Back in 1995, when category 4 Hurricane Opal was roaring toward the Florida Panhandle packing 150 mph sustained winds, I received word of my mobilization while sitting in Shakespeare class, interrupted from listening to the lilting voice of my professor recite the bard in the idyllic halls of Flagler College.

It was October 3rd. And with the storm expected to make landfall sometime early on October 4, troops were already being called in. Units were already prepping. And supplies were already being pre-positioned.

My unit, an Infantry Company based out of Sanford Florida, possessed air mobile capabilities. This meant we linked up with a helicopter unit, mounted up, and performed the functions of air cavalry and air assault. A majority of the unit were ex-Rangers or Special Ops types serving out their retirement in the Guard. The rest were mostly ‘green’ college-age kids like me and a number of police officers, public servants, and school teachers. Our commanding officer was a Bank exec — your archetypal citizen-soldier. Our ranking NCO was a company first sergeant and ex-Ranger who’d served multiple tours in Vietnam.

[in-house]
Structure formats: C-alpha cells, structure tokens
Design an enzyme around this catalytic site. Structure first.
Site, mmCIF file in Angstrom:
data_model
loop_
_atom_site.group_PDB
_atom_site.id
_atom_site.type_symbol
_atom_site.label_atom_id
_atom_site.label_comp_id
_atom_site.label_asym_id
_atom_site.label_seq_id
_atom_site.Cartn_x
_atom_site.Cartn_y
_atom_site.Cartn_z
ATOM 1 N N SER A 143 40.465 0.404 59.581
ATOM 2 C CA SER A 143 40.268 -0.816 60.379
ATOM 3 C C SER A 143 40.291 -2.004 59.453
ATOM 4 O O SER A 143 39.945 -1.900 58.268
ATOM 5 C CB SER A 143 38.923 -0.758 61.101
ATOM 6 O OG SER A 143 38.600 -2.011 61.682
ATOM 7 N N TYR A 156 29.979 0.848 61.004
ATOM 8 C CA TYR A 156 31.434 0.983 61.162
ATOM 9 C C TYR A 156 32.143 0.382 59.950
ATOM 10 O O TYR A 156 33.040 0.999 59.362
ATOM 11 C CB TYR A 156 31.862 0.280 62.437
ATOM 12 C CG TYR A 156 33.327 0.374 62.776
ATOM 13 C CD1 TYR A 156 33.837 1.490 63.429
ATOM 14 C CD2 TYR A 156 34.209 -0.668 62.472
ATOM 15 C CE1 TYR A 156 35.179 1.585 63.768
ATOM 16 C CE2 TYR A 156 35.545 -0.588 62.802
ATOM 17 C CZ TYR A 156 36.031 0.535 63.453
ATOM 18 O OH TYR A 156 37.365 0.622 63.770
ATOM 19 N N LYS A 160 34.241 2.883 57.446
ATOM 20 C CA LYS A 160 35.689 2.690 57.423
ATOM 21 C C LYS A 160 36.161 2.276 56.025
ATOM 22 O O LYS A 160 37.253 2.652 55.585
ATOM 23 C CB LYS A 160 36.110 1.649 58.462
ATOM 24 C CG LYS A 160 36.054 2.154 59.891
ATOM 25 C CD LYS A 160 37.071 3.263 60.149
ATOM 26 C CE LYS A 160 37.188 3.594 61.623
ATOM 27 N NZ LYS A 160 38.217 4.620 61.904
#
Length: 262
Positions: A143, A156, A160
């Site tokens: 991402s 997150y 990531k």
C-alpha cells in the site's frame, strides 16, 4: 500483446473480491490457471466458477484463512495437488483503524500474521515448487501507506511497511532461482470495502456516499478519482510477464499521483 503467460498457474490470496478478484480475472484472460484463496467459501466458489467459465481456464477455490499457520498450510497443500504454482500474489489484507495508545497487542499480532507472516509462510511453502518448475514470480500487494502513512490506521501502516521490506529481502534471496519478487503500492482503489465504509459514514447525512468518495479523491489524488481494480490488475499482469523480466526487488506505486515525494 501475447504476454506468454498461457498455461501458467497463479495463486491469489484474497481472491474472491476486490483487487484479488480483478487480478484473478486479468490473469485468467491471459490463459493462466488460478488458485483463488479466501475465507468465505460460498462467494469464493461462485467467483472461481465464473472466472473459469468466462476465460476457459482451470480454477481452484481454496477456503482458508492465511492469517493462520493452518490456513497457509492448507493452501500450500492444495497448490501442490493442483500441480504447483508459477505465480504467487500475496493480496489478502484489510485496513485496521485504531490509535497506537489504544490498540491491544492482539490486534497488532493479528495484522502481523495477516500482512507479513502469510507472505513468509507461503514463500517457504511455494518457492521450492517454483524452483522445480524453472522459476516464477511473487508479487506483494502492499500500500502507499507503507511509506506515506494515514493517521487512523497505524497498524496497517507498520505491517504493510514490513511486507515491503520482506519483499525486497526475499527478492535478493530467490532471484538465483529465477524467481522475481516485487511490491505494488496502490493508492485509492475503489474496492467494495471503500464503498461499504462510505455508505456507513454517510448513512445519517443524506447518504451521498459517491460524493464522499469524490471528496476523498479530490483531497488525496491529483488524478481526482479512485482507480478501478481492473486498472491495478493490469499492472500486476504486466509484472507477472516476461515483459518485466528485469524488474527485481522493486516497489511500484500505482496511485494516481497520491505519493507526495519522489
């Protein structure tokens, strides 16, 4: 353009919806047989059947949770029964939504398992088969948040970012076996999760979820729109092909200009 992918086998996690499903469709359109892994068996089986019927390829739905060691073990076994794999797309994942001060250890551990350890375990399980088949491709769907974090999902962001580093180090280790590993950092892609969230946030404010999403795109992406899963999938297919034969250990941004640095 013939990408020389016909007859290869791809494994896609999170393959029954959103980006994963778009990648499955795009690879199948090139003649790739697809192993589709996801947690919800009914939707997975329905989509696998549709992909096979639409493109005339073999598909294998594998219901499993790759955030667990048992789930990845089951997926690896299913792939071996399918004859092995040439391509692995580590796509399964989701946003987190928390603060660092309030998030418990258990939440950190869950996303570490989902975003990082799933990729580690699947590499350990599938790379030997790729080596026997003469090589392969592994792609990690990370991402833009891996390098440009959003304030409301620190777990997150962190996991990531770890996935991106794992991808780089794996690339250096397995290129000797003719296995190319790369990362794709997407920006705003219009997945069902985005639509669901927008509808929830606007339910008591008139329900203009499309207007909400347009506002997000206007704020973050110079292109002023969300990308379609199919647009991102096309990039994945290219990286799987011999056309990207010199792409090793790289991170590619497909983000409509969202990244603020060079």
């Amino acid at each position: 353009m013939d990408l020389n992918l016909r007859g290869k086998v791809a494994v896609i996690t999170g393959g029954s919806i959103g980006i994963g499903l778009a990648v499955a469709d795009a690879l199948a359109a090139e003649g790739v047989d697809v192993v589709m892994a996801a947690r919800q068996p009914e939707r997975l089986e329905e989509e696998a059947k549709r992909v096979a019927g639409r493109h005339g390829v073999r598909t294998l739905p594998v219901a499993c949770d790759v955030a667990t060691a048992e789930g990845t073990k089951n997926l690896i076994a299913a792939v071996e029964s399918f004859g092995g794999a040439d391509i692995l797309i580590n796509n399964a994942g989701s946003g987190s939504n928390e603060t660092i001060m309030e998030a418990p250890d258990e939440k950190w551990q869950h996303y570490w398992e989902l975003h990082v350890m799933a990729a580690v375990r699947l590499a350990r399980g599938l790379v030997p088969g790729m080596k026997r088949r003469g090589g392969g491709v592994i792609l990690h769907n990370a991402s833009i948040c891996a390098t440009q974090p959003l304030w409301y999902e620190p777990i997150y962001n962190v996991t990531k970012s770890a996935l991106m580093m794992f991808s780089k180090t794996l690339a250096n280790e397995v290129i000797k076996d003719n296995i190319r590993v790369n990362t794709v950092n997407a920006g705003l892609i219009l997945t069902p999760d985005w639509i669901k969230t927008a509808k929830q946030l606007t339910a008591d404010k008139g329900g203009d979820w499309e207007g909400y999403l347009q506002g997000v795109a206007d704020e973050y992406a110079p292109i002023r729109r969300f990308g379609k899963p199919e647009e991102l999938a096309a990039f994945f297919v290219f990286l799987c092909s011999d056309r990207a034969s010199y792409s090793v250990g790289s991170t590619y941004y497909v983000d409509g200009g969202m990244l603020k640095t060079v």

(When hurricane Opal made landfall along the Florida Panhandel, it became the third most costly hurricane to ever strike the U.S. at the time. Hurricane Maria [above] was larger than even Opal — which at the time was considered to be one of the largest strong storms to strike the U.S. Its impacts devastated the entire island of Puerto Rico — not just a single long stretch of coastline. In dollar estimates, Maria is presently ten times more costly than Opal. However, with the economy of Puerto Rico less vibrant than that of the Florida panhandle, comparative damages are far more extensive. Image source: Commons.)